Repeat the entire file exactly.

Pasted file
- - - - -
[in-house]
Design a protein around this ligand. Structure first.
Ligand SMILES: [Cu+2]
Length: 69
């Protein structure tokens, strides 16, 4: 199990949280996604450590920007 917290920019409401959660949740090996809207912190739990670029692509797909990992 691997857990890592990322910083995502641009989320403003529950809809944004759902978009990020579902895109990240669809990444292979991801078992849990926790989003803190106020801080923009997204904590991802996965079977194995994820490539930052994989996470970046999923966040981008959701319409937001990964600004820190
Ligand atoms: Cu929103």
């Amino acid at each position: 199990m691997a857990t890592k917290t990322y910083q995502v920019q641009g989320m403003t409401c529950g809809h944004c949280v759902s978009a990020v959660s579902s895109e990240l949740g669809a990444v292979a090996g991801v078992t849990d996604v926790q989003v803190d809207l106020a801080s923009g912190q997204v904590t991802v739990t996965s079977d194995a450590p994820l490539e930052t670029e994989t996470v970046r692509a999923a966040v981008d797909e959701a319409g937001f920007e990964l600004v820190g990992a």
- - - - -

[in-house]
Design a protein around this ligand. Structure first.
Ligand SMILES: [Cu+2]
Length: 69
């Protein structure tokens, strides 16, 4: 199990949280996604450590920007 917290920019409401959660949740090996809207912190739990670029692509797909990992 691997857990890592990322910083995502641009989320403003529950809809944004759902978009990020579902895109990240669809990444292979991801078992849990926790989003803190106020801080923009997204904590991802996965079977194995994820490539930052994989996470970046999923966040981008959701319409937001990964600004820190
Ligand atoms: Cu929103």
């Amino acid at each position: 199990m691997a857990t890592k917290t990322y910083q995502v920019q641009g989320m403003t409401c529950g809809h944004c949280v759902s978009a990020v959660s579902s895109e990240l949740g669809a990444v292979a090996g991801v078992t849990d996604v926790q989003v803190d809207l106020a801080s923009g912190q997204v904590t991802v739990t996965s079977d194995a450590p994820l490539e930052t670029e994989t996470v970046r692509a999923a966040v981008d797909e959701a319409g937001f920007e990964l600004v820190g990992a």